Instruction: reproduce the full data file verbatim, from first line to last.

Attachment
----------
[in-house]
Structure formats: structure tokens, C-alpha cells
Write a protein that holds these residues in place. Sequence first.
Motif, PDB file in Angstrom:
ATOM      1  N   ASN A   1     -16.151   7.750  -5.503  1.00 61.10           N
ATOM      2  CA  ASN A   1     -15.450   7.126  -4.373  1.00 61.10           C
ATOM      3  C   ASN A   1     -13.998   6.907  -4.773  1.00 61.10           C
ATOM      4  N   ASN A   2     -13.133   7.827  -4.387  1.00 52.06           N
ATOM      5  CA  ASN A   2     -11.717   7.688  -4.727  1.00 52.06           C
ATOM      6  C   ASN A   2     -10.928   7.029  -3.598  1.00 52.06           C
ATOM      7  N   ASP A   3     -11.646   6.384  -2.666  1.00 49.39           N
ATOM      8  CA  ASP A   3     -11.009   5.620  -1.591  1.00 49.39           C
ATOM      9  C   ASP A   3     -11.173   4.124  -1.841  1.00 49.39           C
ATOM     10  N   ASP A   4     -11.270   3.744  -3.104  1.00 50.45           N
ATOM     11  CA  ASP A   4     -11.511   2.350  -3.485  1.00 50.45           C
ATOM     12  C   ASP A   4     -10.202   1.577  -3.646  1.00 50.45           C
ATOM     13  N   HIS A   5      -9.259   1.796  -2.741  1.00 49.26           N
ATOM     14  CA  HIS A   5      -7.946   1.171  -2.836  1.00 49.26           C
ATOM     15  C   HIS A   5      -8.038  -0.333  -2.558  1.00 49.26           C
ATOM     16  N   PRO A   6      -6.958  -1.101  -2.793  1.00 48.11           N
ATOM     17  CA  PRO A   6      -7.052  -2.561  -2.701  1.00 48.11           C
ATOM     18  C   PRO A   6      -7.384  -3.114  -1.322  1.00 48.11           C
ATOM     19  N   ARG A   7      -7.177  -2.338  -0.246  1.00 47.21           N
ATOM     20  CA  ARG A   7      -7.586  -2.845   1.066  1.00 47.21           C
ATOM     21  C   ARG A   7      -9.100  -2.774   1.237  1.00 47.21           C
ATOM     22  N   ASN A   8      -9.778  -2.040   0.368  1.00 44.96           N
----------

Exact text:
[in-house]
Structure formats: structure tokens, C-alpha cells
Write a protein that holds these residues in place. Sequence first.
Motif, PDB file in Angstrom:
ATOM      1  N   ASN A   1     -16.151   7.750  -5.503  1.00 61.10           N
ATOM      2  CA  ASN A   1     -15.450   7.126  -4.373  1.00 61.10           C
ATOM      3  C   ASN A   1     -13.998   6.907  -4.773  1.00 61.10           C
ATOM      4  N   ASN A   2     -13.133   7.827  -4.387  1.00 52.06           N
ATOM      5  CA  ASN A   2     -11.717   7.688  -4.727  1.00 52.06           C
ATOM      6  C   ASN A   2     -10.928   7.029  -3.598  1.00 52.06           C
ATOM      7  N   ASP A   3     -11.646   6.384  -2.666  1.00 49.39           N
ATOM      8  CA  ASP A   3     -11.009   5.620  -1.591  1.00 49.39           C
ATOM      9  C   ASP A   3     -11.173   4.124  -1.841  1.00 49.39           C
ATOM     10  N   ASP A   4     -11.270   3.744  -3.104  1.00 50.45           N
ATOM     11  CA  ASP A   4     -11.511   2.350  -3.485  1.00 50.45           C
ATOM     12  C   ASP A   4     -10.202   1.577  -3.646  1.00 50.45           C
ATOM     13  N   HIS A   5      -9.259   1.796  -2.741  1.00 49.26           N
ATOM     14  CA  HIS A   5      -7.946   1.171  -2.836  1.00 49.26           C
ATOM     15  C   HIS A   5      -8.038  -0.333  -2.558  1.00 49.26           C
ATOM     16  N   PRO A   6      -6.958  -1.101  -2.793  1.00 48.11           N
ATOM     17  CA  PRO A   6      -7.052  -2.561  -2.701  1.00 48.11           C
ATOM     18  C   PRO A   6      -7.384  -3.114  -1.322  1.00 48.11           C
ATOM     19  N   ARG A   7      -7.177  -2.338  -0.246  1.00 47.21           N
ATOM     20  CA  ARG A   7      -7.586  -2.845   1.066  1.00 47.21           C
ATOM     21  C   ARG A   7      -9.100  -2.774   1.237  1.00 47.21           C
ATOM     22  N   ASN A   8      -9.778  -2.040   0.368  1.00 44.96           N